The direct fiscal impact for this agreement will be upfront costs of $1,652,880.00 for the equipment purchase.  In addition, there will be another $35,000.00 in funding necessary to install the existing generator at the Public Works site; this will also be funded from the Electric Capital Budget 2007 Capital Improvement Bond. The estimated payback on these expenses is approximately 25 months.  The purpose of this project is to provide additional savings to our electric utility and customers by reducing the peak demand by our electric utility as a whole.  A reduction in peak demand will provide a lower power purchase cost. 


Submission Date and Time:    3/19/2009 11:43 AM____


Department: _Electric Department_______

Prepared by:  _Mike Thornton___________                     

Attachments:         Yes__X__   No ______

Advertised:   ____Not Required __X___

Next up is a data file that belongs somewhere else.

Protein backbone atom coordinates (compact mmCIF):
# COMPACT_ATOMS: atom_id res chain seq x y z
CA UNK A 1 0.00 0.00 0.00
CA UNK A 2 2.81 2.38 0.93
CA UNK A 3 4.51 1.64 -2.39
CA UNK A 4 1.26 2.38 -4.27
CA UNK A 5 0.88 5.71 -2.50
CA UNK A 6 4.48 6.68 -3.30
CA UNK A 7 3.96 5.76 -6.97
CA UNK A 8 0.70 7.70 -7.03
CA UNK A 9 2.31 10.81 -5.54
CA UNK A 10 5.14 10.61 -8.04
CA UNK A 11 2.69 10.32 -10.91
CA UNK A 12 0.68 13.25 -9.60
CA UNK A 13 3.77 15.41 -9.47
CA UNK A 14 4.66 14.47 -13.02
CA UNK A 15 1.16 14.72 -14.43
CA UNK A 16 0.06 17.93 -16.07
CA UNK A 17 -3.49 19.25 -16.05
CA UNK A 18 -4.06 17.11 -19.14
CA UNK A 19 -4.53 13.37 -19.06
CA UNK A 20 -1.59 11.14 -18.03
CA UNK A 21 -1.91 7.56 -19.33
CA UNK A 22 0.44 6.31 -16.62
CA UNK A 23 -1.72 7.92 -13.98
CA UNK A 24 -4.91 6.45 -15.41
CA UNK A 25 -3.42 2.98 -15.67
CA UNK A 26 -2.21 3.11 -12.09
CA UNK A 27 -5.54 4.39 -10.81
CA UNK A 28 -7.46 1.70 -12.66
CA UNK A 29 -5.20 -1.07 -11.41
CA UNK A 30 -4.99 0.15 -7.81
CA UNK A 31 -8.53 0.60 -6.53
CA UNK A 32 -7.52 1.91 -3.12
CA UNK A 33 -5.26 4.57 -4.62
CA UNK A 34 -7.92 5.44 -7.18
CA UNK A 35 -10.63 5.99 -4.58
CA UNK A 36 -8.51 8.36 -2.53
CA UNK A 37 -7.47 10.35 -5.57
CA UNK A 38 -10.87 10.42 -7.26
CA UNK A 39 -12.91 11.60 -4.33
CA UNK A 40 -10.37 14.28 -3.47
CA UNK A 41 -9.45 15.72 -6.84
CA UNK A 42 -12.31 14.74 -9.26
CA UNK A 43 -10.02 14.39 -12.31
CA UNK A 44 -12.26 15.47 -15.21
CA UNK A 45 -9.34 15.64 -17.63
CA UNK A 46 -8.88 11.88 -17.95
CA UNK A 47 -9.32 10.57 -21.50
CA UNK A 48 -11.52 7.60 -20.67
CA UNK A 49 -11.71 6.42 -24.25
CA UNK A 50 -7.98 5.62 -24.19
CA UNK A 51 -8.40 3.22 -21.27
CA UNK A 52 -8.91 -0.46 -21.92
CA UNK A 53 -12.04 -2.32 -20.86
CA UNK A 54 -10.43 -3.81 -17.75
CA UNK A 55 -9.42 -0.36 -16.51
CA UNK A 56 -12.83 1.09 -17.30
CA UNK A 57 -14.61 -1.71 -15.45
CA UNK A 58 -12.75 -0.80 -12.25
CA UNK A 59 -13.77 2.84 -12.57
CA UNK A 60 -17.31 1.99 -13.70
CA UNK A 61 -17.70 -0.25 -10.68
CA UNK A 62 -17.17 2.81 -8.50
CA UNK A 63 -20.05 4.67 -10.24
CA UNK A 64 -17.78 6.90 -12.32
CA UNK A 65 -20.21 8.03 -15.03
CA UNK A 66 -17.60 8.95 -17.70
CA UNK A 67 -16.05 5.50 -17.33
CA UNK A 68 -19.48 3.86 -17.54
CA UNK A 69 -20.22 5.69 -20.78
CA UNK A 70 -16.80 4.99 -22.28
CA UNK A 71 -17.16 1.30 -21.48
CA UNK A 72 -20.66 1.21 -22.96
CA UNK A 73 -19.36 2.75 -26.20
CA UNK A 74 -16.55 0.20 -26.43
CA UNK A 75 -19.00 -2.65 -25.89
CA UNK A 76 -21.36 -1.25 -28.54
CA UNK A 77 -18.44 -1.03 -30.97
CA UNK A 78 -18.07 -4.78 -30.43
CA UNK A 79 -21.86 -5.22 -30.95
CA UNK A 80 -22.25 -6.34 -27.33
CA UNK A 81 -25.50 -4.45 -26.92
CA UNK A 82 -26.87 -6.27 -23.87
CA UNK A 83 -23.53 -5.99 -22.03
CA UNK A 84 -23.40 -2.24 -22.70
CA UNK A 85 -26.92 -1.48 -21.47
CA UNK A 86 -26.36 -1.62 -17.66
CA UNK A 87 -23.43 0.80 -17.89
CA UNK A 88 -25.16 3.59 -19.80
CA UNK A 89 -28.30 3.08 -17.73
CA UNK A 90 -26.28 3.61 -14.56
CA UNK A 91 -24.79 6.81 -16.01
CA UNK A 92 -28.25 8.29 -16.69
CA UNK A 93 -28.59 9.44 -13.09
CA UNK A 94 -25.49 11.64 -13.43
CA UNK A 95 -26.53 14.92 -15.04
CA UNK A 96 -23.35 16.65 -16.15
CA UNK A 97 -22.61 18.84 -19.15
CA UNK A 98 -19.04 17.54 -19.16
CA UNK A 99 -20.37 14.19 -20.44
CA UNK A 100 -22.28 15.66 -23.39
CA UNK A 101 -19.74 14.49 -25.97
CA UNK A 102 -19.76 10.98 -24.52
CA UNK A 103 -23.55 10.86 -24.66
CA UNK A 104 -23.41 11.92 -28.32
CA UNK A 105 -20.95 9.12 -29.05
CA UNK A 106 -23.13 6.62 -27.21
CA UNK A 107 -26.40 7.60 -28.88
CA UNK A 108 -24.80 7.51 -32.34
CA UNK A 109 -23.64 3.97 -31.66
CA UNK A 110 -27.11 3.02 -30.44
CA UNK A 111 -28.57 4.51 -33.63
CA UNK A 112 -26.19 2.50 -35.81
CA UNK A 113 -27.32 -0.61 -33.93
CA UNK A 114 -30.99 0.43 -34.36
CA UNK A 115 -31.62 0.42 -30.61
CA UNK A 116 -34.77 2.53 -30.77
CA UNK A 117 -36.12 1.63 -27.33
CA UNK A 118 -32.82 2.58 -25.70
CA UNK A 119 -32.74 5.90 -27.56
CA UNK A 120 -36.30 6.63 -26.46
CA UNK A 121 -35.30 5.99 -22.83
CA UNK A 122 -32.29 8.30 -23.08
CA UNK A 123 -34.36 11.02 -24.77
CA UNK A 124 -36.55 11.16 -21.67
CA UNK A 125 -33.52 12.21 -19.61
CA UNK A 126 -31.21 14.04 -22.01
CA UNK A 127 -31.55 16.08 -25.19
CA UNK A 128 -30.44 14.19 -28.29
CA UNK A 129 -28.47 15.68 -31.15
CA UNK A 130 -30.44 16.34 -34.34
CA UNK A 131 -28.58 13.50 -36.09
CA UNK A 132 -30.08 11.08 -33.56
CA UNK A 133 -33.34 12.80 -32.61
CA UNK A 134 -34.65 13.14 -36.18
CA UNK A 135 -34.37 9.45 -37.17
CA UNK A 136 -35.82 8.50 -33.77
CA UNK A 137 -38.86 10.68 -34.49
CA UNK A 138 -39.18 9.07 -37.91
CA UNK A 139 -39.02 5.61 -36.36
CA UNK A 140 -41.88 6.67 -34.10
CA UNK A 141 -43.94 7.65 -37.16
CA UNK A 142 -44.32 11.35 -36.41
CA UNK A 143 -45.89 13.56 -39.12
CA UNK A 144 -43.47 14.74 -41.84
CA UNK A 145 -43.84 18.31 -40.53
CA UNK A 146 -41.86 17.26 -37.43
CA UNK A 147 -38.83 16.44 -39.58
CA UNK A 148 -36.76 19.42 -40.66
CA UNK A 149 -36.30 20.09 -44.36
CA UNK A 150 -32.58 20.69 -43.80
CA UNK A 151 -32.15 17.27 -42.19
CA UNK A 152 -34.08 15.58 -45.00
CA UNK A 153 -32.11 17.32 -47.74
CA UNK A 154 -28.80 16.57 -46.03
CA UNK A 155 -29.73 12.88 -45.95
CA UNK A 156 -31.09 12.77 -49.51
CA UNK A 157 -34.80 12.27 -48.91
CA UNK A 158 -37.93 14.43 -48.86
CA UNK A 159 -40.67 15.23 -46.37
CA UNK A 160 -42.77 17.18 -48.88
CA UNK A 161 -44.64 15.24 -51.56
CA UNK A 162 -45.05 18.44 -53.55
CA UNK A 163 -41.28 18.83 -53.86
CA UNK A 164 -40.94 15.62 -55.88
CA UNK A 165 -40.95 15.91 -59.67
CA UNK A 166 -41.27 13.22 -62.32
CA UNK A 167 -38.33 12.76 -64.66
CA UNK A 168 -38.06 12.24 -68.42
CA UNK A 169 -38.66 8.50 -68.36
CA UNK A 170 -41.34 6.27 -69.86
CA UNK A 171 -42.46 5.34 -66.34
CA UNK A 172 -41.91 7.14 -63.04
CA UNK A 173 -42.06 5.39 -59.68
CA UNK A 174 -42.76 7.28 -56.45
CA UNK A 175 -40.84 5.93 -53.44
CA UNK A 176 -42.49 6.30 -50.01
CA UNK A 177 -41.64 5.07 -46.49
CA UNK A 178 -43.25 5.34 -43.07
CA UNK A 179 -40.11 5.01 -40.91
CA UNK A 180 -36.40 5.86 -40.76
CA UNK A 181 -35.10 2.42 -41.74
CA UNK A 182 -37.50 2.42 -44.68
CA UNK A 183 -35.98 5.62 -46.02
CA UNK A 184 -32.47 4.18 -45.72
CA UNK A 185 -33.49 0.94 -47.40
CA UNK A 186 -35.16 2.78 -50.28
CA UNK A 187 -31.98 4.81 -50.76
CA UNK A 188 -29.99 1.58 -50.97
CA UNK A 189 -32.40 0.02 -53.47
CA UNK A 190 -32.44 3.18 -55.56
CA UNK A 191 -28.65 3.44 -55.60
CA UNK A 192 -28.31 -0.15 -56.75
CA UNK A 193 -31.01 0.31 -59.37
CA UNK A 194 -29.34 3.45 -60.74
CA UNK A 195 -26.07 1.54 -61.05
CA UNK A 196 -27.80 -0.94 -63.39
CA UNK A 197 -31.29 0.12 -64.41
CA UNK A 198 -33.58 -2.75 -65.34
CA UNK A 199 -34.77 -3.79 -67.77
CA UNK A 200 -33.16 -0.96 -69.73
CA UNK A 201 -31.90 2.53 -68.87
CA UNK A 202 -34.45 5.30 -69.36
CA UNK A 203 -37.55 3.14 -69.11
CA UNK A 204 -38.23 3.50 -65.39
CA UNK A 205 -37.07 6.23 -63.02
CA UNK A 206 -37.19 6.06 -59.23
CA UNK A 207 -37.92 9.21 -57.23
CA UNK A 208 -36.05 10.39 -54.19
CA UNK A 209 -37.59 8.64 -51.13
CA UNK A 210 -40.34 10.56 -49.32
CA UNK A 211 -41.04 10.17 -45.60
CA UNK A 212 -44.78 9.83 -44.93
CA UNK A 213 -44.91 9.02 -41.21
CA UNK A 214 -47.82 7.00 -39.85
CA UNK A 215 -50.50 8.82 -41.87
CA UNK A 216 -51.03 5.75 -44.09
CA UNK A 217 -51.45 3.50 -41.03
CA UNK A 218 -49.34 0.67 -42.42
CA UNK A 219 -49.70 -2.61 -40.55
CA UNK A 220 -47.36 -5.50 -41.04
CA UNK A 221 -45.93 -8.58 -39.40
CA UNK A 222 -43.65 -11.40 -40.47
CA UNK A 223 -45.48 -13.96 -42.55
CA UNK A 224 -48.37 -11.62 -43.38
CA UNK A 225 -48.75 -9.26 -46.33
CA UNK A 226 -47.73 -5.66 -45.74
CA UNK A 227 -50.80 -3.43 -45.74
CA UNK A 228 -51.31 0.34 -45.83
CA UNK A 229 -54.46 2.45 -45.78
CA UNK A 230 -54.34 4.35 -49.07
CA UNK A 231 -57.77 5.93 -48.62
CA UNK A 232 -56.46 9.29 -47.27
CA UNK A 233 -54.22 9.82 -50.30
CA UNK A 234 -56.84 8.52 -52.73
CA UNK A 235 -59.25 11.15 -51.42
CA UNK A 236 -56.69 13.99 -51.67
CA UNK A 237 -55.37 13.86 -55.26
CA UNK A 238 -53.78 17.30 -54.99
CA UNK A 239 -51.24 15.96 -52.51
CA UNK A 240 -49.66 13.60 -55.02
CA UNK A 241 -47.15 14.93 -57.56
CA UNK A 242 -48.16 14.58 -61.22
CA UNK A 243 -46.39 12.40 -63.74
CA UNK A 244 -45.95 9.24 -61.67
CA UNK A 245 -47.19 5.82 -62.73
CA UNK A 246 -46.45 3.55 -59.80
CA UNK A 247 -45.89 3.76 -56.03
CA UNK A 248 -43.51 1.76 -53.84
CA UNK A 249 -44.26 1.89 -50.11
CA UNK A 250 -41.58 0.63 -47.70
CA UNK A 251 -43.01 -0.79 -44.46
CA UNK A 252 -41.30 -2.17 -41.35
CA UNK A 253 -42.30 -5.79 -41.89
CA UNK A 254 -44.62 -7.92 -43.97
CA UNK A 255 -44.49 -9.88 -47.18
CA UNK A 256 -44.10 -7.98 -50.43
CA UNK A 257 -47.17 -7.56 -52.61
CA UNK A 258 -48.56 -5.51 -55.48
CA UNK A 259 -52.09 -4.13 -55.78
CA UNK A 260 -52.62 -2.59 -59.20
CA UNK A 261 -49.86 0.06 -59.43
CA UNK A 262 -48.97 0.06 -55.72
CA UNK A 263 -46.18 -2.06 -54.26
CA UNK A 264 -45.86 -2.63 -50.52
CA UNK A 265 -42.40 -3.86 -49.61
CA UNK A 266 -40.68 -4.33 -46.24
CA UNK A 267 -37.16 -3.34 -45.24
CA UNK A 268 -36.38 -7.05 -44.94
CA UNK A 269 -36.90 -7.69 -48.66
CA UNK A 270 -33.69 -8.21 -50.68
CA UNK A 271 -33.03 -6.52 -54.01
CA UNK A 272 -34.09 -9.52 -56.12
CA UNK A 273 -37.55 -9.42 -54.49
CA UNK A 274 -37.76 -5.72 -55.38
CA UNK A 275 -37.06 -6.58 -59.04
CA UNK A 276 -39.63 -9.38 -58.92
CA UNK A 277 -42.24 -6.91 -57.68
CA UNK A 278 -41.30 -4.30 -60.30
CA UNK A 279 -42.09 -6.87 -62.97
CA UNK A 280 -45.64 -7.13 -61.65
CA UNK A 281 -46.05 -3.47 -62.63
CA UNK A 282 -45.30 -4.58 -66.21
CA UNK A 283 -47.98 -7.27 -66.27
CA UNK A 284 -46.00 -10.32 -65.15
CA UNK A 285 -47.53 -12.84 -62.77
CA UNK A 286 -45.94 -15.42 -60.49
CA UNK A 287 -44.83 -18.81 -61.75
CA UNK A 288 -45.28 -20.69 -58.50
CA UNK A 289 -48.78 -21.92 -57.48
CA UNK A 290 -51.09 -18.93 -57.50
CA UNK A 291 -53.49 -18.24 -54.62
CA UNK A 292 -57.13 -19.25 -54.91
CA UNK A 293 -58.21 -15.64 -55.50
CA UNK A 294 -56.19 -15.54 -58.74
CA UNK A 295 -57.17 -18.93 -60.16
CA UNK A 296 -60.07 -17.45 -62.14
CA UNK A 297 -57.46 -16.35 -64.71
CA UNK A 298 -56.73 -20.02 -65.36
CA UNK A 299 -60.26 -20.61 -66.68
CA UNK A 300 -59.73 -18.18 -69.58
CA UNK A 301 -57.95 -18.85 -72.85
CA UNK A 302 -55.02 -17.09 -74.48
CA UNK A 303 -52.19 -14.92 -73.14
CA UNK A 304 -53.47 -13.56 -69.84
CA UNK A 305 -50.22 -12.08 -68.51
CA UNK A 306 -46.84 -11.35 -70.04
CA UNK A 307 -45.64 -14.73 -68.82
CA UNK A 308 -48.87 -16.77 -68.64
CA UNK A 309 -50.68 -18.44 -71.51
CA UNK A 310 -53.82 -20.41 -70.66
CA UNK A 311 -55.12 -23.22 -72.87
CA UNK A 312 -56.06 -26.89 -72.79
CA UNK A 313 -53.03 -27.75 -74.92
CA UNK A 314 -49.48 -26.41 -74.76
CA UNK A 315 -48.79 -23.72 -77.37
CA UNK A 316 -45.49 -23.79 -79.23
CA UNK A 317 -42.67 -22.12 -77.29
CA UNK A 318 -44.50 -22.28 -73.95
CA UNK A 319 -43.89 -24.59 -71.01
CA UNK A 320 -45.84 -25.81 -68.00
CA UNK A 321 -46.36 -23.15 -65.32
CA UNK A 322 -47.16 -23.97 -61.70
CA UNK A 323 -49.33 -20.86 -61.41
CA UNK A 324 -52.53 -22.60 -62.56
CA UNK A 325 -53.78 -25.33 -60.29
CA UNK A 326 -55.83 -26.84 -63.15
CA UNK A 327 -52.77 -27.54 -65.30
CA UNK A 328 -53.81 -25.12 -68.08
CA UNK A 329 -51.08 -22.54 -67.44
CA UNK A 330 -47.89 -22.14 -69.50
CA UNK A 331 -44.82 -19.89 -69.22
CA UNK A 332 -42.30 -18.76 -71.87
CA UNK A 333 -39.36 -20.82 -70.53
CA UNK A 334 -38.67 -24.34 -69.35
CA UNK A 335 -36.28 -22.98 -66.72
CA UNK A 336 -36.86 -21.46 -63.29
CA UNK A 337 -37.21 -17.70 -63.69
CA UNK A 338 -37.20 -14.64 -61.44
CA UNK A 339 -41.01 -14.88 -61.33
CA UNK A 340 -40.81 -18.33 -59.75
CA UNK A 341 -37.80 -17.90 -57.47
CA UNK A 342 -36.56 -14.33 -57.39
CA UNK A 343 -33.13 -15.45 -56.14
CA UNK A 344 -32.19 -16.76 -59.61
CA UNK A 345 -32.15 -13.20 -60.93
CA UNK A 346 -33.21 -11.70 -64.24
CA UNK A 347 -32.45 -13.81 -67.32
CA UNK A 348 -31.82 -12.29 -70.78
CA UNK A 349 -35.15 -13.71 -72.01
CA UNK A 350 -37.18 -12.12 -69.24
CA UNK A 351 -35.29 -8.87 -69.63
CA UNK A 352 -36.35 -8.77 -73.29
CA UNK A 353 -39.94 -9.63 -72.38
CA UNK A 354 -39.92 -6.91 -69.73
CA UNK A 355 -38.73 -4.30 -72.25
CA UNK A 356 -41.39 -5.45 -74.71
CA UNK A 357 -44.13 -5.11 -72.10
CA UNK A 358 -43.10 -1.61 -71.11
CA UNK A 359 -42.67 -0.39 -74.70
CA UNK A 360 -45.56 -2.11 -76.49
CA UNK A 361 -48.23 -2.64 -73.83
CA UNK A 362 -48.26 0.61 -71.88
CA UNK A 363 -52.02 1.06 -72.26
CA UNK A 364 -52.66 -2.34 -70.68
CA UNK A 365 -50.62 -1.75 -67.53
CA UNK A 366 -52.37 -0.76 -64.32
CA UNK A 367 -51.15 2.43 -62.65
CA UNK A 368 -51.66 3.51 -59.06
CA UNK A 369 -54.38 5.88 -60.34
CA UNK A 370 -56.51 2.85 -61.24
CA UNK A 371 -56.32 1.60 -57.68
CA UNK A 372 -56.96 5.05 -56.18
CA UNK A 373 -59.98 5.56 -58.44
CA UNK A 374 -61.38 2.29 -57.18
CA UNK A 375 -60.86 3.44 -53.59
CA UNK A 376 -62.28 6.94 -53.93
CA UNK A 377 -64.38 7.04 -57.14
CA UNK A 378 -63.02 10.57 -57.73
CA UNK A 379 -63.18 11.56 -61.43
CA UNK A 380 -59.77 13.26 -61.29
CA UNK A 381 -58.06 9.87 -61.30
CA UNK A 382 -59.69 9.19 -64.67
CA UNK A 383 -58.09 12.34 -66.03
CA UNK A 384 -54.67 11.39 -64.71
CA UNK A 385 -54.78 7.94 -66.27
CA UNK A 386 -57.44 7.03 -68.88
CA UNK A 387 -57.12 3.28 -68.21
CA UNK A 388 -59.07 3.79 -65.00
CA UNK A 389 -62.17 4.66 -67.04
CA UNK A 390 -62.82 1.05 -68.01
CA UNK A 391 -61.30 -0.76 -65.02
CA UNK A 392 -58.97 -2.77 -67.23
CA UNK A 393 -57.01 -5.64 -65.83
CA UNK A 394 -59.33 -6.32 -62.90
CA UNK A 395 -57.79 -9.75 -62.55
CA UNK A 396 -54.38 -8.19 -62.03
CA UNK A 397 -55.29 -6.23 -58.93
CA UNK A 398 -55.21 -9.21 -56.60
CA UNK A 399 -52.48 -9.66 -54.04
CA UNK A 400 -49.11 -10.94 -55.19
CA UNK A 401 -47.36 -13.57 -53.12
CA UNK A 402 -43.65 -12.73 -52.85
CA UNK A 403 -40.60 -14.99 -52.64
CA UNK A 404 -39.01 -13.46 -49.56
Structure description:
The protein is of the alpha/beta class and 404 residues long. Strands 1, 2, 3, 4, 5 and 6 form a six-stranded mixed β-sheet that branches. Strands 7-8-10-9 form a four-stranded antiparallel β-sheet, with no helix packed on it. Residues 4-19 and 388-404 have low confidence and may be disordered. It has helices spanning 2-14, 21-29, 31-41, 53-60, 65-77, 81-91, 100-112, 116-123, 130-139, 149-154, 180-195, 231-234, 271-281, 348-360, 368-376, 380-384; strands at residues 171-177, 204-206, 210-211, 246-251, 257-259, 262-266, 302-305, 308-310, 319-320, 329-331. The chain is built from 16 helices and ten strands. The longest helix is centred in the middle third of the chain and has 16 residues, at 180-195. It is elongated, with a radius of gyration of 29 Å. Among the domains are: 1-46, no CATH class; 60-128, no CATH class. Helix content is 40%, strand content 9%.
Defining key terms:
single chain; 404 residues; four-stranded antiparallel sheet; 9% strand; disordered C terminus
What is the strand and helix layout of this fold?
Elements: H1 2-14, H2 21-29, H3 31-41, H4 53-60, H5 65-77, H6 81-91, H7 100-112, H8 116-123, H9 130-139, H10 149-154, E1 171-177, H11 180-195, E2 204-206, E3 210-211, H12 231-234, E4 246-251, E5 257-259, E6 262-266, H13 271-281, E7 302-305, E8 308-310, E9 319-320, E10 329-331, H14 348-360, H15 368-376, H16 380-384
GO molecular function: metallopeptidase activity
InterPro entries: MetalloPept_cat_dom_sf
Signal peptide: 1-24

Dates:   __________________________                     

Attorney Review :       Yes_X_  No ____



Revised 6/10/04


Reviewed by: Dept. Head ________


Finance  Dept. __________JB______                                     


Deputy C.M. ___________________                                                                         

Submitted by:

City Manager ___________________


Account No. _041-1099-531-xxxx__


Project No. ___________________


WF No. ______________________


Budget  ______________________


Available _____________________




RESOLUTION NO._______________






            THAT the Mayor and City Clerk are hereby authorized to execute an agreement  with POWER SECURE whose address is 1609 Heritage Commerce Court, Wake Forest, North Carolina 27587 for the purchase of generator transfer switches and associated services pursuant to vendor proposal dated March 3, 2009.


THAT said generator transfer switches and associated services pursuant to vendor proposal dated March 3, 2009 is part of the City of Leesburg Electric System.


             THAT this resolution shall become effective immediately.


PASSED AND ADOPTED by the City Commission of the City of Leesburg, Florida, at a regular meeting held the _23rd_ day of _March__ 2009











City Clerk